For the first time they now have detailed insight into the differences in movement patterns between age groups – a key thing they are interested in as epidemiologists. "A certain amount is known about how adults move around, how they commute to work and so on," says Kissler. "But we have no idea how people under 20 move around. And this is very important to the spread of lots of diseases, such as influenza, which is believed to be spread, particularly, by school-age children." The new data will allow researchers to test this theory of school-age children spreading influenza and see whether it is accurate.

Planning for the future

Although the simulations for the programme were bleak (predicting 43 million people infected in the UK, and nearly 900,000 dead, before a vaccine could realistically be produced), Kissler emphasises these simulations weren't a robust prediction of the potential impact of a pandemic: "We do this quantitative analysis, but we are interested in [using these] to compare qualitative outcomes."

In particularly, these simulations allow researchers to assess the impact of interventions on the spread of a disease. A simulation in the programme showed how a pandemic could be drastically slowed down by everyone in the country rigorously washing their hands.

Such interventions are introduced into the models by changing the value of the reproductive ratio, $R_0$ , which is the average number of people an infected person will pass the disease onto. (You can read more in The mathematics of diseases.) "For a disease to spread $R_0$ needs to be greater than 1," says Kissler. In their first simulation of the pandemic for the programme, where nearly 900,000 died, $R_0$ was set to 1.8. In the hand-washing scenario, $R_0$ was only slightly lower, at 1.5, but reduced the number of cases and deaths of the disease by a quarter.

The effect of hand washing

The geographic spread of the disease for the uncontrolled pandemic on the left. (Note that the area of the disks are related to the geographic area of the regions in the model, not the population density.) The map on the right shows the spread of the disease when extra hand washing is introduced. (Image from paper by Klepac, Kissler and Gog, CC BY-NC-ND 4.0)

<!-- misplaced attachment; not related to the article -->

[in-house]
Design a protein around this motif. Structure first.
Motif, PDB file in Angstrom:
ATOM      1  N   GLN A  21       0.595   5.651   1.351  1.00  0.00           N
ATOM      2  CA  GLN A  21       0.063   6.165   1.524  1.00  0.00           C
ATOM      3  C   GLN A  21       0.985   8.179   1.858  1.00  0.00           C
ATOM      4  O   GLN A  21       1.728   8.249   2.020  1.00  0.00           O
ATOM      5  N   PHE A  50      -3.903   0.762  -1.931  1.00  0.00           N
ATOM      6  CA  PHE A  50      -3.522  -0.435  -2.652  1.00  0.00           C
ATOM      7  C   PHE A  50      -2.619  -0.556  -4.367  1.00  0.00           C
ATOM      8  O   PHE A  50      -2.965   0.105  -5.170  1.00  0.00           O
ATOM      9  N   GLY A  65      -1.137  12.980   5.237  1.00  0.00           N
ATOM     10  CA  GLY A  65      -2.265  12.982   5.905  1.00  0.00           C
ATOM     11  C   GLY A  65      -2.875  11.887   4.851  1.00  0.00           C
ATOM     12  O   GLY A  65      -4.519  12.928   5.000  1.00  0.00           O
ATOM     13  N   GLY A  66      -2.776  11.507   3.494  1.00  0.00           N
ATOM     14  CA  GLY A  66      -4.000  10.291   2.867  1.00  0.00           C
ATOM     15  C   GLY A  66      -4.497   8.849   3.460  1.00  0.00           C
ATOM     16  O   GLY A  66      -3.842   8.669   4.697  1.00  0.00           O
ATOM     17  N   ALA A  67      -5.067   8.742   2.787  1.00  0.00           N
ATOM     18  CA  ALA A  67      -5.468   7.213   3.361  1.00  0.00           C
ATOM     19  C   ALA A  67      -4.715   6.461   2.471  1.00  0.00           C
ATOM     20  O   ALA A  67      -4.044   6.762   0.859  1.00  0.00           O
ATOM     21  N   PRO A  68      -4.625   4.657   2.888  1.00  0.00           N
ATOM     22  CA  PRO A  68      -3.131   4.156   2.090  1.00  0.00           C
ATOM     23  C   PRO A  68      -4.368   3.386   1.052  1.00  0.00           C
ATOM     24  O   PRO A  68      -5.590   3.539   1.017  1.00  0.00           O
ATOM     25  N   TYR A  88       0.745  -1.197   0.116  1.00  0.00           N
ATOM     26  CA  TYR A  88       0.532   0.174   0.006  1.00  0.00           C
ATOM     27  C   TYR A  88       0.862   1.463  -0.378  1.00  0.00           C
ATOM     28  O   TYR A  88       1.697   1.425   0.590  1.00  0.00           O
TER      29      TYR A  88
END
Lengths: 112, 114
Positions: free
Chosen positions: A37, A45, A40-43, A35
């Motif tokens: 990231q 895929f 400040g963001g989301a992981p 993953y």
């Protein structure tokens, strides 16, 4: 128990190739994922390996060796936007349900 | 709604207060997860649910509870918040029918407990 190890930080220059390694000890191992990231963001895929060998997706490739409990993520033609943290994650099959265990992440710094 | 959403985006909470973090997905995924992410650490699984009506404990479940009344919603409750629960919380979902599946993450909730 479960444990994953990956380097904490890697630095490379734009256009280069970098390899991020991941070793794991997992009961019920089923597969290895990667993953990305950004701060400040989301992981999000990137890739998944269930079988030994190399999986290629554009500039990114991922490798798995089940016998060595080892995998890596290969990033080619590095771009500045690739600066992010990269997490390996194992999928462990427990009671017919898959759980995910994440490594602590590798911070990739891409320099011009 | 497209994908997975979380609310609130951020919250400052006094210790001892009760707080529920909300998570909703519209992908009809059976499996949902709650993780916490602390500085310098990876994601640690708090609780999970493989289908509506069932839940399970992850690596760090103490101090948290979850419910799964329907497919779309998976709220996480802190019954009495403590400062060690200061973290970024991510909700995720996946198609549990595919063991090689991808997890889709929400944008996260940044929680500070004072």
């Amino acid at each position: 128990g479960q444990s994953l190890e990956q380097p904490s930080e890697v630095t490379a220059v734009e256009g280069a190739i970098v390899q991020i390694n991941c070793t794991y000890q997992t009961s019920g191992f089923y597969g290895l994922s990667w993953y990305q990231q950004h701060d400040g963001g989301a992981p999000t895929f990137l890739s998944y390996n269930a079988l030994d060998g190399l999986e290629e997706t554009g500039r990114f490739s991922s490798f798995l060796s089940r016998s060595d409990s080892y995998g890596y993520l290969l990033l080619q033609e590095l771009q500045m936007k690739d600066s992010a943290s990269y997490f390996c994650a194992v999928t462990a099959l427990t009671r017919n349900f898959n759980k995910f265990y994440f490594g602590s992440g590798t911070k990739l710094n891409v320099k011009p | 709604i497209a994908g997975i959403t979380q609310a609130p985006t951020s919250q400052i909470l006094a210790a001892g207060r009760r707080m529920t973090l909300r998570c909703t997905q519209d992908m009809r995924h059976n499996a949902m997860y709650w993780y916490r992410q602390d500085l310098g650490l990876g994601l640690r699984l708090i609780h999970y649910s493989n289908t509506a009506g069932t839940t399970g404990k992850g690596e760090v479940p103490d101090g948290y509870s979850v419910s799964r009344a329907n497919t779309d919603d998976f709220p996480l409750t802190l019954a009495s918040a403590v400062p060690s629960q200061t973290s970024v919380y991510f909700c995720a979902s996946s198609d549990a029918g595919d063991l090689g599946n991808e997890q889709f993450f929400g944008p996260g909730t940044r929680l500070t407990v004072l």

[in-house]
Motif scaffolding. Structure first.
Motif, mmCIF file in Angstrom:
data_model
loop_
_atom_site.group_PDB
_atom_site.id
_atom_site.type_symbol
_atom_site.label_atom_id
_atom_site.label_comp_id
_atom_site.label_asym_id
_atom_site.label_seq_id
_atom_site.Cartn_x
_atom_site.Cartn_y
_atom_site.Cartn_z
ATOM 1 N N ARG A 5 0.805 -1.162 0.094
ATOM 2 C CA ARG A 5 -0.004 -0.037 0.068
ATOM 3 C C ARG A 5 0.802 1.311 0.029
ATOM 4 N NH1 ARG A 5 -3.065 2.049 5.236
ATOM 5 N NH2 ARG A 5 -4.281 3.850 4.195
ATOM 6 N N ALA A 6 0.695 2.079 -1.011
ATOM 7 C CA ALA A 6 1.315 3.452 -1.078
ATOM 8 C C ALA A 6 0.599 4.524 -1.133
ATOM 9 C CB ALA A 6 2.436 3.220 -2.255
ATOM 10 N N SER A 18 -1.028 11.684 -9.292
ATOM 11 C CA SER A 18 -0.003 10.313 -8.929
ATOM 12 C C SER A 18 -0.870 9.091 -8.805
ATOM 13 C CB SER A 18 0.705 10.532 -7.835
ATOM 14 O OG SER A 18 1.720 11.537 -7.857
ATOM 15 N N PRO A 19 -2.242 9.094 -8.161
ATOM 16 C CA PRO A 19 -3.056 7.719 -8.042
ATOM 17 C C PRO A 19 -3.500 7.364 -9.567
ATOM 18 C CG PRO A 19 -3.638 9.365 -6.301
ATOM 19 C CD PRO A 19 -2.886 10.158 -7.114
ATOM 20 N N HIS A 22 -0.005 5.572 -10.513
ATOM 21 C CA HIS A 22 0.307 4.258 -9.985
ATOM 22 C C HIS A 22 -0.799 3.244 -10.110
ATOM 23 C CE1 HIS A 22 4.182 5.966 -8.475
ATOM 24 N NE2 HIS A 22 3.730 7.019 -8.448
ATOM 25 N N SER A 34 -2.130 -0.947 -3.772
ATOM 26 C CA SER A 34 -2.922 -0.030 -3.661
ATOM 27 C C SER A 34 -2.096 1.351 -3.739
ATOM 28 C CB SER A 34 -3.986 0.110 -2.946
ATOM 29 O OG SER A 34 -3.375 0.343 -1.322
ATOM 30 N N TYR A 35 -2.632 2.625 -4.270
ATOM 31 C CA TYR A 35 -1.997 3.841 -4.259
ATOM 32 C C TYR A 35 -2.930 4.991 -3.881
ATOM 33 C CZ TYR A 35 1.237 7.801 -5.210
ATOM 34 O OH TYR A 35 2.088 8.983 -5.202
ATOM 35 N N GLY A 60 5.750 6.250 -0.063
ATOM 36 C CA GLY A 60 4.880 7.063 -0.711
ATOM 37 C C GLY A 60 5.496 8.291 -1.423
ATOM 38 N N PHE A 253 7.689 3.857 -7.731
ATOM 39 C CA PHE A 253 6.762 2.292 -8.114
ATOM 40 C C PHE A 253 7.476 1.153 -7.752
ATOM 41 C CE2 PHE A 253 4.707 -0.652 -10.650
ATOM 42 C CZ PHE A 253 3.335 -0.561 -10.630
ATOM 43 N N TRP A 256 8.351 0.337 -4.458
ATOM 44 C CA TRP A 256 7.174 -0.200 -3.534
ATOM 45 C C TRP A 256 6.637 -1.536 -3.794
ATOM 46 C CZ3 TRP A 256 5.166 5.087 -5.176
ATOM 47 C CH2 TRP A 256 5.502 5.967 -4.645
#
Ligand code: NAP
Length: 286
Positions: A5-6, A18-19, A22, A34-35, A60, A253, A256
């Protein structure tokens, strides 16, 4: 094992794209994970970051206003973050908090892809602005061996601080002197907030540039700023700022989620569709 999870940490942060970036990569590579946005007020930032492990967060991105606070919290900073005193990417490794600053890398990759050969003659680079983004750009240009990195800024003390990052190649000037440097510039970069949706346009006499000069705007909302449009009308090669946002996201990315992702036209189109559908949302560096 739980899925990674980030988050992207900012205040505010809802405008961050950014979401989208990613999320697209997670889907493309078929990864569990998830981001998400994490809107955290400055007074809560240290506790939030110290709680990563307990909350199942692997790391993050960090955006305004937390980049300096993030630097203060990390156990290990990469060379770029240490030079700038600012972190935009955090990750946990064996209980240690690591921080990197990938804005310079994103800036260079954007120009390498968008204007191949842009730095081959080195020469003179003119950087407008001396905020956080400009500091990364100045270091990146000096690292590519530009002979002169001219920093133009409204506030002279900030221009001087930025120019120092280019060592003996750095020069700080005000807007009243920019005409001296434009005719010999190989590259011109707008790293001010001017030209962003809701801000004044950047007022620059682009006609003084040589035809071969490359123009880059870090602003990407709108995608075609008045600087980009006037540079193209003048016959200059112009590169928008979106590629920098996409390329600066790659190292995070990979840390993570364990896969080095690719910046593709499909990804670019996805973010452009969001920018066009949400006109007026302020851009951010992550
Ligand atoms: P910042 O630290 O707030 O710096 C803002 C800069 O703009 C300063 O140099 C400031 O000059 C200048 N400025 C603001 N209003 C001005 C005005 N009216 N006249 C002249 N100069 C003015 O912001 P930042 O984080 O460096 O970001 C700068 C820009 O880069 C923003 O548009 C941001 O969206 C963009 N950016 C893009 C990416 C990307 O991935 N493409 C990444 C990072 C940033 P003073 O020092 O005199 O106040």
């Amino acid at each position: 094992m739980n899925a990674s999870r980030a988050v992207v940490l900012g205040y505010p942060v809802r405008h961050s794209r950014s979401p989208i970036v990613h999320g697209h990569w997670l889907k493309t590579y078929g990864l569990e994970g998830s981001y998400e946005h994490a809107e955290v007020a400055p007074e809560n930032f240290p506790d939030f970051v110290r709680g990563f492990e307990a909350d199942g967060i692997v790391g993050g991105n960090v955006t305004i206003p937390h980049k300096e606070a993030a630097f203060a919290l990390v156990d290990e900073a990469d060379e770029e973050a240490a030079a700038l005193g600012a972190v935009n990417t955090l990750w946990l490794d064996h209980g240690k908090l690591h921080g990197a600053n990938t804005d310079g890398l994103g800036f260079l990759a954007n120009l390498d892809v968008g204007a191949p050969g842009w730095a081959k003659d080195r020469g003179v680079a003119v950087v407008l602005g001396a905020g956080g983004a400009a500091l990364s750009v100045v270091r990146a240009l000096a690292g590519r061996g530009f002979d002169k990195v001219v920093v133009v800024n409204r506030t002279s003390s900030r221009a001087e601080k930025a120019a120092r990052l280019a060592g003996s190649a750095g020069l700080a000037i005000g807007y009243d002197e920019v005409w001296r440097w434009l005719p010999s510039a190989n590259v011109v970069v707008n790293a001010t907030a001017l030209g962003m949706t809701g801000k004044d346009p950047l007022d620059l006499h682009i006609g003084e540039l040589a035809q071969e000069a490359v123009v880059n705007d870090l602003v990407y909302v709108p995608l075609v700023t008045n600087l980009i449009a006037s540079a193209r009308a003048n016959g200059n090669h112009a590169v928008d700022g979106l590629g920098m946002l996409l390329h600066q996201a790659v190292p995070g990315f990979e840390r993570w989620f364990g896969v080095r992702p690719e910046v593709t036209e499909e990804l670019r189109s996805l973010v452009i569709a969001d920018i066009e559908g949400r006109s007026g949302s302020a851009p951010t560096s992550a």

The team, Professor Julia Gog, Dr Petra Klepac and Kissler, are now busy completing their initial data analysis, which they will publish along with the whole data set in early 2019. Then, as well as continuing with their own research, they are looking forward to seeing what the rest of the scientific community, including those outside of epidemiology, do with the data set.

Mathematical models of pandemic disease play an important role in policy decisions and government planning for future pandemics. "The clearest example is the foot and mouth outbreak in the UK," says Kissler. "Several modelling teams tested interventions using different models," agreeing on the best interventions to implement. "This data set will hopefully make that link between [mathematics and public policy] stronger."

You can also still contribute to this dataset by downloading the app and becoming part of this groundbreaking citizen science experiment. The researchers are particularly interested in more teenagers and people over the age of 60 taking part. And you can run the app more than once, contributing data on say, a week day, and then on a weekend, which would give researchers information on how our movement patterns change.

And in case you are still worried about a future pandemic, what can we as individuals do to prepare? Kissler has some practical advice: wash your hands, and cover you mouth when you sneeze!

You can read more about the mathematics behind the programme in the researchers' paper: Contagion! The BBC Four Pandemic – The model behind the documentary. And you can read more about the maths of pandemics in our coverage of the COVID-19 pandemic. (This article was updated Nov 2021.)